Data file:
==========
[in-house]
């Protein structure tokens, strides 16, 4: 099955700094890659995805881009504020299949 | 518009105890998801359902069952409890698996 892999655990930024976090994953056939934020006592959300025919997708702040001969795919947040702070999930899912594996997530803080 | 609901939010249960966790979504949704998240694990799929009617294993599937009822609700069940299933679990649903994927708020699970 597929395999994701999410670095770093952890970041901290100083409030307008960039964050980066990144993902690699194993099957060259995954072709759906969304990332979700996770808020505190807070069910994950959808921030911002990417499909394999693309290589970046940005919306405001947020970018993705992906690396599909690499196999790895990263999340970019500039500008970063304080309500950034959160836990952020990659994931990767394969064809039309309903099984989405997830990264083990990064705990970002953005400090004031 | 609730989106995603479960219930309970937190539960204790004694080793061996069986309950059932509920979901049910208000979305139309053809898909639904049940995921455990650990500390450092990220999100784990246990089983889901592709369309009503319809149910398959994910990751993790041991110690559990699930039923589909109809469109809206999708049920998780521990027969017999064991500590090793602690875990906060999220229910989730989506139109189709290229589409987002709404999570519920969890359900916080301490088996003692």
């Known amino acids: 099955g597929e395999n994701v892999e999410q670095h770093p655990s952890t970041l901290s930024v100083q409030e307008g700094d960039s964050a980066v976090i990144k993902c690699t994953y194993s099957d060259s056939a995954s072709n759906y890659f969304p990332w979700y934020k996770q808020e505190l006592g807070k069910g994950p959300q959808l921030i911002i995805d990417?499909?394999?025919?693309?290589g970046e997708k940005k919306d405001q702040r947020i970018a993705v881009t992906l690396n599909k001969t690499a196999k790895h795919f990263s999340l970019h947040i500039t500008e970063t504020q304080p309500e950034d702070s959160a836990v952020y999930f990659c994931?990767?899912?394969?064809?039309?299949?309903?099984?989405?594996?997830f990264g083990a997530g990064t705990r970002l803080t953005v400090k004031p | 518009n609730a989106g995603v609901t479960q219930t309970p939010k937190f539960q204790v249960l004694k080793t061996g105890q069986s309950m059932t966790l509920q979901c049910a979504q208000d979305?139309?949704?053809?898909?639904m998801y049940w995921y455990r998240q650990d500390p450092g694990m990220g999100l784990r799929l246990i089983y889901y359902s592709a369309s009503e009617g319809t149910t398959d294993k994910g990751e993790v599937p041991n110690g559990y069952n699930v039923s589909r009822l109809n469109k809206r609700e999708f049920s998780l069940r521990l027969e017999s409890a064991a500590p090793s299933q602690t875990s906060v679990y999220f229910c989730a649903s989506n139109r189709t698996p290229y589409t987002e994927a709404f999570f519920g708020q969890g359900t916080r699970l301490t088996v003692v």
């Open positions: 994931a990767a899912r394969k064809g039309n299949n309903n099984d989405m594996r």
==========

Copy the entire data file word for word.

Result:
[in-house]
């Protein structure tokens, strides 16, 4: 099955700094890659995805881009504020299949 | 518009105890998801359902069952409890698996 892999655990930024976090994953056939934020006592959300025919997708702040001969795919947040702070999930899912594996997530803080 | 609901939010249960966790979504949704998240694990799929009617294993599937009822609700069940299933679990649903994927708020699970 597929395999994701999410670095770093952890970041901290100083409030307008960039964050980066990144993902690699194993099957060259995954072709759906969304990332979700996770808020505190807070069910994950959808921030911002990417499909394999693309290589970046940005919306405001947020970018993705992906690396599909690499196999790895990263999340970019500039500008970063304080309500950034959160836990952020990659994931990767394969064809039309309903099984989405997830990264083990990064705990970002953005400090004031 | 609730989106995603479960219930309970937190539960204790004694080793061996069986309950059932509920979901049910208000979305139309053809898909639904049940995921455990650990500390450092990220999100784990246990089983889901592709369309009503319809149910398959994910990751993790041991110690559990699930039923589909109809469109809206999708049920998780521990027969017999064991500590090793602690875990906060999220229910989730989506139109189709290229589409987002709404999570519920969890359900916080301490088996003692």
């Known amino acids: 099955g597929e395999n994701v892999e999410q670095h770093p655990s952890t970041l901290s930024v100083q409030e307008g700094d960039s964050a980066v976090i990144k993902c690699t994953y194993s099957d060259s056939a995954s072709n759906y890659f969304p990332w979700y934020k996770q808020e505190l006592g807070k069910g994950p959300q959808l921030i911002i995805d990417?499909?394999?025919?693309?290589g970046e997708k940005k919306d405001q702040r947020i970018a993705v881009t992906l690396n599909k001969t690499a196999k790895h795919f990263s999340l970019h947040i500039t500008e970063t504020q304080p309500e950034d702070s959160a836990v952020y999930f990659c994931?990767?899912?394969?064809?039309?299949?309903?099984?989405?594996?997830f990264g083990a997530g990064t705990r970002l803080t953005v400090k004031p | 518009n609730a989106g995603v609901t479960q219930t309970p939010k937190f539960q204790v249960l004694k080793t061996g105890q069986s309950m059932t966790l509920q979901c049910a979504q208000d979305?139309?949704?053809?898909?639904m998801y049940w995921y455990r998240q650990d500390p450092g694990m990220g999100l784990r799929l246990i089983y889901y359902s592709a369309s009503e009617g319809t149910t398959d294993k994910g990751e993790v599937p041991n110690g559990y069952n699930v039923s589909r009822l109809n469109k809206r609700e999708f049920s998780l069940r521990l027969e017999s409890a064991a500590p090793s299933q602690t875990s906060v679990y999220f229910c989730a649903s989506n139109r189709t698996p290229y589409t987002e994927a709404f999570f519920g708020q969890g359900t916080r699970l301490t088996v003692v």
């Open positions: 994931a990767a899912r394969k064809g039309n299949n309903n099984d989405m594996r």